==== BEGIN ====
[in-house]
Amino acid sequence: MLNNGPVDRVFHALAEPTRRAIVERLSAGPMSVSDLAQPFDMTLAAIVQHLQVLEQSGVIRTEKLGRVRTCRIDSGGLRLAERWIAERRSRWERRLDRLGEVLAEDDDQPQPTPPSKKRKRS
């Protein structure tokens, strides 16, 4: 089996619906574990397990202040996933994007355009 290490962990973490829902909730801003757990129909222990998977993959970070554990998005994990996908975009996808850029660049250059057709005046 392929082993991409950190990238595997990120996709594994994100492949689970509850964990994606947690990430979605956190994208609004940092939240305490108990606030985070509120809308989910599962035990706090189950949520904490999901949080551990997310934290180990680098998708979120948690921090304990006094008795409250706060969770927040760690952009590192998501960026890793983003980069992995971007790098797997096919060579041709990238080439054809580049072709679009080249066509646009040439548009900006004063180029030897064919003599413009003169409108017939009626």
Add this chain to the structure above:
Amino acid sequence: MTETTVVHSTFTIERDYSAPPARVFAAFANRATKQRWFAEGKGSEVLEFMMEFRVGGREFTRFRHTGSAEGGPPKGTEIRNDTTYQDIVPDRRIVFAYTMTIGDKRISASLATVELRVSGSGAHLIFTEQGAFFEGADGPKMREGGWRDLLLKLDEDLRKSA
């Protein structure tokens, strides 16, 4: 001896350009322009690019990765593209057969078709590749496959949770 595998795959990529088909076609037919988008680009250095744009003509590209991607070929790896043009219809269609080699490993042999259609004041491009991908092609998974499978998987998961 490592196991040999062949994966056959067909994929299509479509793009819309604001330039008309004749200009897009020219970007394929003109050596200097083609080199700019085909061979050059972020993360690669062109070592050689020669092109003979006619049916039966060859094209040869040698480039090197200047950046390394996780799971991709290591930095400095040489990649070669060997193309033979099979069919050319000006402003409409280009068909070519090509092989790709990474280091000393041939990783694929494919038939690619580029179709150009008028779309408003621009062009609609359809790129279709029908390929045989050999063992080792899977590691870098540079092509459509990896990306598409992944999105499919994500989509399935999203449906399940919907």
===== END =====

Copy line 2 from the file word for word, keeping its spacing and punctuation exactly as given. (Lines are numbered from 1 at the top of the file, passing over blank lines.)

Amino acid sequence: MLNNGPVDRVFHALAEPTRRAIVERLSAGPMSVSDLAQPFDMTLAAIVQHLQVLEQSGVIRTEKLGRVRTCRIDSGGLRLAERWIAERRSRWERRLDRLGEVLAEDDDQPQPTPPSKKRKRS